Oral history video between Elizabeth Loftus & William Thompson
Elizabeth Loftus & William Thompson
About the Interview
Elizabeth Loftus is Distinguished Professor at UCI. She holds positions in the Departments of Psychology & Social Behavior, and Criminology, Law & Society. Loftus received her undergraduate degree in Mathematics and Psychology from UCLA, and her Ph.D. in Psychology from Stanford University. Since then, she has published 23 books and over 500 scientific articles. Loftus's research has focused on human memory, eyewitness testimony and on courtroom procedure. Her work has been funded by the National Institute of Mental Health and the National Science Foundation. She was elected president of the Association for Psychological Science (APS), the Western Psychological Association, the American Psychology-Law Society, and the Experimental Psychology division of the American Psychological Association (APA). Loftus has received seven honorary doctorates for her research, from universities in the United States, the Netherlands, Great Britain, Israel and Norway. She was elected to the National Academy of Sciences, the Royal Society of Edinburgh and the American Philosophical Society. In 2012, she received the UCI Medal. Loftus has been an expert witness or consultant in hundreds of cases, including the McMartin PreSchool Molestation case, the Hillside Strangler, the Abscam cases, the trial of Oliver North, the trial of the officers accused in the Rodney King beating, the Menendez brothers, the Bosnian War trials in the Hague, the Oklahoma Bombing case, and litigation involving Michael Jackson, Martha Stewart, Scooter Libby, and the Duke University Lacrosse players.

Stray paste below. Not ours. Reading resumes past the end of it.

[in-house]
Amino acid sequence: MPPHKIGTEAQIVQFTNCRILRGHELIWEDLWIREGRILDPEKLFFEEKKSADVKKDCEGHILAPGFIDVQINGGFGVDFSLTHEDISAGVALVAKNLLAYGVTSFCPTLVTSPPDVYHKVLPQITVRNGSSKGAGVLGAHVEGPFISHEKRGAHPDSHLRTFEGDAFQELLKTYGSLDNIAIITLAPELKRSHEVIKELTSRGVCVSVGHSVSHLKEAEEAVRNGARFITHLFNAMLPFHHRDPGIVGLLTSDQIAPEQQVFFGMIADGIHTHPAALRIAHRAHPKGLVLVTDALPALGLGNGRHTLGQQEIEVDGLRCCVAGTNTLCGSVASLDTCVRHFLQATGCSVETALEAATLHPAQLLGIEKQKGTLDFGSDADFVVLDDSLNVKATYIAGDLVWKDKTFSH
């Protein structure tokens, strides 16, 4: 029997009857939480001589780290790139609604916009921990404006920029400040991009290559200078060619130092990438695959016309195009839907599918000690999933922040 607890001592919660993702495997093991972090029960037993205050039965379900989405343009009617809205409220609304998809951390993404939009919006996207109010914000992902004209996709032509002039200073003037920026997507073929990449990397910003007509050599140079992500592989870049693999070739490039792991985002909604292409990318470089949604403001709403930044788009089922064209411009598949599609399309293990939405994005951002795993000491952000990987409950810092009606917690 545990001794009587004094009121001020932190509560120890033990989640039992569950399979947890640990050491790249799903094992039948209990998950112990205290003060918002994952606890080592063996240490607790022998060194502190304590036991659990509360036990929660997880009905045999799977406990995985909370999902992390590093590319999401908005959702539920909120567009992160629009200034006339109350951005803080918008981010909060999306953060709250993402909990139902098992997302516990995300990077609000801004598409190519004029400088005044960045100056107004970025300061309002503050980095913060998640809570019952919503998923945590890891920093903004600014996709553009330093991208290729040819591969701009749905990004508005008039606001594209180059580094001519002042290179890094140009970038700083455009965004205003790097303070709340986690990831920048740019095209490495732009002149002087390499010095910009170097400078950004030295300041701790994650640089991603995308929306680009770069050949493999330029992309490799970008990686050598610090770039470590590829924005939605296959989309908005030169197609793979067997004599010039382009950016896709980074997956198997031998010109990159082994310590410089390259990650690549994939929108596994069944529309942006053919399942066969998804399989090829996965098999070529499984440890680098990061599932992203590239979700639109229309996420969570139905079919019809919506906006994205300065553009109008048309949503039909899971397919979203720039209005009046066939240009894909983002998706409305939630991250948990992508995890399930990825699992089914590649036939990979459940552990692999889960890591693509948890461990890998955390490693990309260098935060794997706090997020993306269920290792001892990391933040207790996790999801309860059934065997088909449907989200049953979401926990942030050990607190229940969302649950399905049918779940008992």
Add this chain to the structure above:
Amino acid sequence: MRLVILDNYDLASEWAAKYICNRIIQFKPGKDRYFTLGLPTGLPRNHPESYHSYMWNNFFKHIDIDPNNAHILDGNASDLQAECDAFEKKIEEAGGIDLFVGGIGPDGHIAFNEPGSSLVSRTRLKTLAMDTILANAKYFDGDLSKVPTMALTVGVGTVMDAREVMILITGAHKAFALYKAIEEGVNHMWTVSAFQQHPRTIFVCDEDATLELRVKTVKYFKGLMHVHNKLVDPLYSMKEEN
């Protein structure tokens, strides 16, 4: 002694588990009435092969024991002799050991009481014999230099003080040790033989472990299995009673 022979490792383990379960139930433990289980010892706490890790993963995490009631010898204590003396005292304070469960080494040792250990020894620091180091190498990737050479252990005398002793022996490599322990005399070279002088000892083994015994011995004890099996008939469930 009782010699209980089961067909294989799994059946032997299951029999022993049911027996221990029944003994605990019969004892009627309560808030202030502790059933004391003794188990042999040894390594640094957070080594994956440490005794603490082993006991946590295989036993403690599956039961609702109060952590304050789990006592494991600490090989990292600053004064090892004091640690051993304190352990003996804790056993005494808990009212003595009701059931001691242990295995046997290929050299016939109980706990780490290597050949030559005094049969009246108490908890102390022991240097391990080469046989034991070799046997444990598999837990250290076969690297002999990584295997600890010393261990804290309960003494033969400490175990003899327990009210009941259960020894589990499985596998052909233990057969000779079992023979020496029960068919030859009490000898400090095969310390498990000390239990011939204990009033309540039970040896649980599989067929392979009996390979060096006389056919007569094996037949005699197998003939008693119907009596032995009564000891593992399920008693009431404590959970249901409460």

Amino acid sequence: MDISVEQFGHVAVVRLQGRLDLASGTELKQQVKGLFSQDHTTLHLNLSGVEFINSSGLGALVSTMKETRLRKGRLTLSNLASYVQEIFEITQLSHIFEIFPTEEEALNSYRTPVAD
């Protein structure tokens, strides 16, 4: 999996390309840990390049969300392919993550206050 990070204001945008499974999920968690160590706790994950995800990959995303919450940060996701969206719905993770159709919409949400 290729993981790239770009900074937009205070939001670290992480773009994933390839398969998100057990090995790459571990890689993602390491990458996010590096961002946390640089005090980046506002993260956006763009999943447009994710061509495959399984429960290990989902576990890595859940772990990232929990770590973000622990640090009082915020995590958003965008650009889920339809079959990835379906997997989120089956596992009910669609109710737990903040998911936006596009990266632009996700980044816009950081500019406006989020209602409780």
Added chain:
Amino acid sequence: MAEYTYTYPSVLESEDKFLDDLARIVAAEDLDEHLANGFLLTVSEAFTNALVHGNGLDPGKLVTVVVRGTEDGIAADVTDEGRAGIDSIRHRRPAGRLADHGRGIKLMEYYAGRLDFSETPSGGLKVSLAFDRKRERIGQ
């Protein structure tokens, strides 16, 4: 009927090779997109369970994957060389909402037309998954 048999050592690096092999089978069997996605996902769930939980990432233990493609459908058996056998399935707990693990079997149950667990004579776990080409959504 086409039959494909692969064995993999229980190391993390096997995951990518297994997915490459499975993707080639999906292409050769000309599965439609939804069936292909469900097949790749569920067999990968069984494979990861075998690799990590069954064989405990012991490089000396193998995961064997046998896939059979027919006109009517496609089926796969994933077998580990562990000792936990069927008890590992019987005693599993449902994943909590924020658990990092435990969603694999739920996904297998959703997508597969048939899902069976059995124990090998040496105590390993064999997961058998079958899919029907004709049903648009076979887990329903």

William C. Thompson, J.D., Ph.D. is a professor of Criminology, Law & Society at UCI. He has joint appointments in Psychology and Social Behavior and in the School of Law. He has published extensively on the use and misuse of scientific and statistical evidence in the courtroom and on jurors’ reactions to such evidence. His research has been funded by the National Science Foundation and the National Institute of Justice. He is a member of the Human Factors Subcommittee of the National Commission on Forensic Science and is Chair of the Human Factors Committee of the Organization of Scientific Advisory Committees (OSAC), a federal standards-setting organization for forensic science that is jointly sponsored by the US Department of Justice and the National Institute of Standards and Technology (NIST). Although he is primarily an academic, he occasionally practices law. He has served as co-counsel in several high profile cases involving scientific and statistical evidence.